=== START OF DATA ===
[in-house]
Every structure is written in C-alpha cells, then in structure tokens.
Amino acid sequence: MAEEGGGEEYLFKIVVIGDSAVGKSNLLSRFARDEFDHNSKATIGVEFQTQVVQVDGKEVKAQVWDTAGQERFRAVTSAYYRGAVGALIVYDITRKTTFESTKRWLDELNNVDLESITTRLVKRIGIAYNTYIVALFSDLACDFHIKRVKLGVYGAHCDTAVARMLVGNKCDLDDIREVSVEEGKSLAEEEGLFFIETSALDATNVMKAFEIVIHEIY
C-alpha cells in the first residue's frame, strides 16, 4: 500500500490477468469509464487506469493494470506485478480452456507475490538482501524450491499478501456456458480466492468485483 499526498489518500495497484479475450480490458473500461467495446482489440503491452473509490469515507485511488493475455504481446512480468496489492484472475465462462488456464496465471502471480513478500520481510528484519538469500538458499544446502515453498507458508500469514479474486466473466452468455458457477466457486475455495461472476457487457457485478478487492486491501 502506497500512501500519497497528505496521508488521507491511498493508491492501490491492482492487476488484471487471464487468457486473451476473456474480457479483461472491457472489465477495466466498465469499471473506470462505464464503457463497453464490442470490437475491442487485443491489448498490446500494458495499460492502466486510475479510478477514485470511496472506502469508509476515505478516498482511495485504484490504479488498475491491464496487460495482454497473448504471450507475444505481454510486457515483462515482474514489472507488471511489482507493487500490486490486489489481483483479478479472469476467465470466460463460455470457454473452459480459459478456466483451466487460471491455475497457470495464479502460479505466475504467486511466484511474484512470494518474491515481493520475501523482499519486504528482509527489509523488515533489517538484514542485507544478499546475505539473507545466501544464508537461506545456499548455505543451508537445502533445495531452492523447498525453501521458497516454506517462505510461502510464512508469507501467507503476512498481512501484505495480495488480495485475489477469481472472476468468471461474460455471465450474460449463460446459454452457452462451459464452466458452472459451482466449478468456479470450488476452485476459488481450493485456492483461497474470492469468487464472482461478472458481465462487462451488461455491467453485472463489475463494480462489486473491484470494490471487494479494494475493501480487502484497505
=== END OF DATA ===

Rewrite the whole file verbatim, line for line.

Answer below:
[in-house]
Every structure is written in C-alpha cells, then in structure tokens.
Amino acid sequence: MAEEGGGEEYLFKIVVIGDSAVGKSNLLSRFARDEFDHNSKATIGVEFQTQVVQVDGKEVKAQVWDTAGQERFRAVTSAYYRGAVGALIVYDITRKTTFESTKRWLDELNNVDLESITTRLVKRIGIAYNTYIVALFSDLACDFHIKRVKLGVYGAHCDTAVARMLVGNKCDLDDIREVSVEEGKSLAEEEGLFFIETSALDATNVMKAFEIVIHEIY
C-alpha cells in the first residue's frame, strides 16, 4: 500500500490477468469509464487506469493494470506485478480452456507475490538482501524450491499478501456456458480466492468485483 499526498489518500495497484479475450480490458473500461467495446482489440503491452473509490469515507485511488493475455504481446512480468496489492484472475465462462488456464496465471502471480513478500520481510528484519538469500538458499544446502515453498507458508500469514479474486466473466452468455458457477466457486475455495461472476457487457457485478478487492486491501 502506497500512501500519497497528505496521508488521507491511498493508491492501490491492482492487476488484471487471464487468457486473451476473456474480457479483461472491457472489465477495466466498465469499471473506470462505464464503457463497453464490442470490437475491442487485443491489448498490446500494458495499460492502466486510475479510478477514485470511496472506502469508509476515505478516498482511495485504484490504479488498475491491464496487460495482454497473448504471450507475444505481454510486457515483462515482474514489472507488471511489482507493487500490486490486489489481483483479478479472469476467465470466460463460455470457454473452459480459459478456466483451466487460471491455475497457470495464479502460479505466475504467486511466484511474484512470494518474491515481493520475501523482499519486504528482509527489509523488515533489517538484514542485507544478499546475505539473507545466501544464508537461506545456499548455505543451508537445502533445495531452492523447498525453501521458497516454506517462505510461502510464512508469507501467507503476512498481512501484505495480495488480495485475489477469481472472476468468471461474460455471465450474460449463460446459454452457452462451459464452466458452472459451482466449478468456479470450488476452485476459488481450493485456492483461497474470492469468487464472482461478472458481465462487462451488461455491467453485472463489475463494480462489486473491484470494490471487494479494494475493501480487502484497505